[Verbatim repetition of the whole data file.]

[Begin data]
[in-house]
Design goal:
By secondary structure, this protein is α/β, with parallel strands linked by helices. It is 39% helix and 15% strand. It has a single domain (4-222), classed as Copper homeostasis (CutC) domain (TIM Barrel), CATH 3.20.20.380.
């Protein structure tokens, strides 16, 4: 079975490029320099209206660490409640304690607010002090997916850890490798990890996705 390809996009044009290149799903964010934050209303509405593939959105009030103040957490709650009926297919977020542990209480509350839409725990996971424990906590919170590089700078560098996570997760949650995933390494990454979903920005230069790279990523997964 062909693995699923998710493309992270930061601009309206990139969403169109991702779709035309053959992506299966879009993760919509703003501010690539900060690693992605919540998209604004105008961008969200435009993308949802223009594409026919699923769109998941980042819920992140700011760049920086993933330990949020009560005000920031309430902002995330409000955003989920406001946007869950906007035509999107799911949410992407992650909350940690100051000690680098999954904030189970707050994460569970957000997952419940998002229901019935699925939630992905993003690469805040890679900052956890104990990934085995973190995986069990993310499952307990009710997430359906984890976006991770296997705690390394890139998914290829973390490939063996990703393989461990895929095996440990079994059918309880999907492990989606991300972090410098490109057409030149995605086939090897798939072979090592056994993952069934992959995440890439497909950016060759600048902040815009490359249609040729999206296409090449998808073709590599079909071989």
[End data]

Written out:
[in-house]
Design goal:
By secondary structure, this protein is α/β, with parallel strands linked by helices. It is 39% helix and 15% strand. It has a single domain (4-222), classed as Copper homeostasis (CutC) domain (TIM Barrel), CATH 3.20.20.380.
């Protein structure tokens, strides 16, 4: 079975490029320099209206660490409640304690607010002090997916850890490798990890996705 390809996009044009290149799903964010934050209303509405593939959105009030103040957490709650009926297919977020542990209480509350839409725990996971424990906590919170590089700078560098996570997760949650995933390494990454979903920005230069790279990523997964 062909693995699923998710493309992270930061601009309206990139969403169109991702779709035309053959992506299966879009993760919509703003501010690539900060690693992605919540998209604004105008961008969200435009993308949802223009594409026919699923769109998941980042819920992140700011760049920086993933330990949020009560005000920031309430902002995330409000955003989920406001946007869950906007035509999107799911949410992407992650909350940690100051000690680098999954904030189970707050994460569970957000997952419940998002229901019935699925939630992905993003690469805040890679900052956890104990990934085995973190995986069990993310499952307990009710997430359906984890976006991770296997705690390394890139998914290829973390490939063996990703393989461990895929095996440990079994059918309880999907492990989606991300972090410098490109057409030149995605086939090897798939072979090592056994993952069934992959995440890439497909950016060759600048902040815009490359249609040729999206296409090449998808073709590599079909071989």